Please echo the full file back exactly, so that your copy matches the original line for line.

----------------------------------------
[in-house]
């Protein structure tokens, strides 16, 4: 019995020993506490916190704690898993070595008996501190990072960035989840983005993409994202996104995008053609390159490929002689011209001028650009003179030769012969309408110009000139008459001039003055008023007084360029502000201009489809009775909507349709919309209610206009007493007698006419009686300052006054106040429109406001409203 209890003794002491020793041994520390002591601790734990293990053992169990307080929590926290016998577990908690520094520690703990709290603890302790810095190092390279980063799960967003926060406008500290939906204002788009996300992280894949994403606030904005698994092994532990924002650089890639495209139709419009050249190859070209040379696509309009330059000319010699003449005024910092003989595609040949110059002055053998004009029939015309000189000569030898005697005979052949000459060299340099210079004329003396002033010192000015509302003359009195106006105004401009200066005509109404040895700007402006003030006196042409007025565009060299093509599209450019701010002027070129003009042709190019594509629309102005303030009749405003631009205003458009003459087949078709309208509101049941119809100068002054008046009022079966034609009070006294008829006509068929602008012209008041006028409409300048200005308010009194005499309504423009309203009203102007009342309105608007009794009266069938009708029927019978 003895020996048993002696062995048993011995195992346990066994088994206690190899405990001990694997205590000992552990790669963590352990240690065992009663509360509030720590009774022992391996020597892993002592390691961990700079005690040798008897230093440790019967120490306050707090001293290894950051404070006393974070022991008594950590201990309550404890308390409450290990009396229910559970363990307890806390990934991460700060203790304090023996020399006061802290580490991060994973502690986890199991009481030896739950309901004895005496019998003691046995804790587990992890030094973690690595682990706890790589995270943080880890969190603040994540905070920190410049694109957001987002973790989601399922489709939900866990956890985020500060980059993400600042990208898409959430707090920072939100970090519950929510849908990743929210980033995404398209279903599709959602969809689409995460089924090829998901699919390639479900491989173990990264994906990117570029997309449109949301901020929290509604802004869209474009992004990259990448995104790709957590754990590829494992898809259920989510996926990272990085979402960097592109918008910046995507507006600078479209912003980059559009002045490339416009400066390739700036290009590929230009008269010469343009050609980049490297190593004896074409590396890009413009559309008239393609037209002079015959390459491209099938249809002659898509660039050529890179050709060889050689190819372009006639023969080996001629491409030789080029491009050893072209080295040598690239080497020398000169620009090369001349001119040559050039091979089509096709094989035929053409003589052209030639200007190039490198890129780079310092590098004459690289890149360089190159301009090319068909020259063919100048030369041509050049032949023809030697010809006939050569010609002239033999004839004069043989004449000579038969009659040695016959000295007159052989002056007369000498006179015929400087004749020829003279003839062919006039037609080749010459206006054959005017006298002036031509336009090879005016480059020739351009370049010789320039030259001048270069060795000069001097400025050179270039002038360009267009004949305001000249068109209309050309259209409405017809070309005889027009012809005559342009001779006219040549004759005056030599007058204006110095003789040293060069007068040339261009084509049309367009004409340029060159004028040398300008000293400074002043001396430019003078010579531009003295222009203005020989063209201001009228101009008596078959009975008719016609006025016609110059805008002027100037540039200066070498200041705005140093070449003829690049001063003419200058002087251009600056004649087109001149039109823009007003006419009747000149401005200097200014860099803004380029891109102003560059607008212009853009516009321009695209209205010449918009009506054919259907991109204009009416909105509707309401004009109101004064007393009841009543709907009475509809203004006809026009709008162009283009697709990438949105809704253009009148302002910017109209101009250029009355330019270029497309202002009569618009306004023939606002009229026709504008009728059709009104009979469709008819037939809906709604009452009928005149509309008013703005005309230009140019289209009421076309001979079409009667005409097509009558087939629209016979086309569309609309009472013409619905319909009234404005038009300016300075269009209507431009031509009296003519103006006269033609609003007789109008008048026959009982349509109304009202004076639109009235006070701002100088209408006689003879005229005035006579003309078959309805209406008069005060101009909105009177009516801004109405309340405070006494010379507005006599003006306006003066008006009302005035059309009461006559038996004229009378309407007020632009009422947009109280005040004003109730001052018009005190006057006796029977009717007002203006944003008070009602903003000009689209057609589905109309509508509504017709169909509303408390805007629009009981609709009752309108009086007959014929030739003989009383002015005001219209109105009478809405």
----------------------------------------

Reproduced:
[in-house]
């Protein structure tokens, strides 16, 4: 019995020993506490916190704690898993070595008996501190990072960035989840983005993409994202996104995008053609390159490929002689011209001028650009003179030769012969309408110009000139008459001039003055008023007084360029502000201009489809009775909507349709919309209610206009007493007698006419009686300052006054106040429109406001409203 209890003794002491020793041994520390002591601790734990293990053992169990307080929590926290016998577990908690520094520690703990709290603890302790810095190092390279980063799960967003926060406008500290939906204002788009996300992280894949994403606030904005698994092994532990924002650089890639495209139709419009050249190859070209040379696509309009330059000319010699003449005024910092003989595609040949110059002055053998004009029939015309000189000569030898005697005979052949000459060299340099210079004329003396002033010192000015509302003359009195106006105004401009200066005509109404040895700007402006003030006196042409007025565009060299093509599209450019701010002027070129003009042709190019594509629309102005303030009749405003631009205003458009003459087949078709309208509101049941119809100068002054008046009022079966034609009070006294008829006509068929602008012209008041006028409409300048200005308010009194005499309504423009309203009203102007009342309105608007009794009266069938009708029927019978 003895020996048993002696062995048993011995195992346990066994088994206690190899405990001990694997205590000992552990790669963590352990240690065992009663509360509030720590009774022992391996020597892993002592390691961990700079005690040798008897230093440790019967120490306050707090001293290894950051404070006393974070022991008594950590201990309550404890308390409450290990009396229910559970363990307890806390990934991460700060203790304090023996020399006061802290580490991060994973502690986890199991009481030896739950309901004895005496019998003691046995804790587990992890030094973690690595682990706890790589995270943080880890969190603040994540905070920190410049694109957001987002973790989601399922489709939900866990956890985020500060980059993400600042990208898409959430707090920072939100970090519950929510849908990743929210980033995404398209279903599709959602969809689409995460089924090829998901699919390639479900491989173990990264994906990117570029997309449109949301901020929290509604802004869209474009992004990259990448995104790709957590754990590829494992898809259920989510996926990272990085979402960097592109918008910046995507507006600078479209912003980059559009002045490339416009400066390739700036290009590929230009008269010469343009050609980049490297190593004896074409590396890009413009559309008239393609037209002079015959390459491209099938249809002659898509660039050529890179050709060889050689190819372009006639023969080996001629491409030789080029491009050893072209080295040598690239080497020398000169620009090369001349001119040559050039091979089509096709094989035929053409003589052209030639200007190039490198890129780079310092590098004459690289890149360089190159301009090319068909020259063919100048030369041509050049032949023809030697010809006939050569010609002239033999004839004069043989004449000579038969009659040695016959000295007159052989002056007369000498006179015929400087004749020829003279003839062919006039037609080749010459206006054959005017006298002036031509336009090879005016480059020739351009370049010789320039030259001048270069060795000069001097400025050179270039002038360009267009004949305001000249068109209309050309259209409405017809070309005889027009012809005559342009001779006219040549004759005056030599007058204006110095003789040293060069007068040339261009084509049309367009004409340029060159004028040398300008000293400074002043001396430019003078010579531009003295222009203005020989063209201001009228101009008596078959009975008719016609006025016609110059805008002027100037540039200066070498200041705005140093070449003829690049001063003419200058002087251009600056004649087109001149039109823009007003006419009747000149401005200097200014860099803004380029891109102003560059607008212009853009516009321009695209209205010449918009009506054919259907991109204009009416909105509707309401004009109101004064007393009841009543709907009475509809203004006809026009709008162009283009697709990438949105809704253009009148302002910017109209101009250029009355330019270029497309202002009569618009306004023939606002009229026709504008009728059709009104009979469709008819037939809906709604009452009928005149509309008013703005005309230009140019289209009421076309001979079409009667005409097509009558087939629209016979086309569309609309009472013409619905319909009234404005038009300016300075269009209507431009031509009296003519103006006269033609609003007789109008008048026959009982349509109304009202004076639109009235006070701002100088209408006689003879005229005035006579003309078959309805209406008069005060101009909105009177009516801004109405309340405070006494010379507005006599003006306006003066008006009302005035059309009461006559038996004229009378309407007020632009009422947009109280005040004003109730001052018009005190006057006796029977009717007002203006944003008070009602903003000009689209057609589905109309509508509504017709169909509303408390805007629009009981609709009752309108009086007959014929030739003989009383002015005001219209109105009478809405």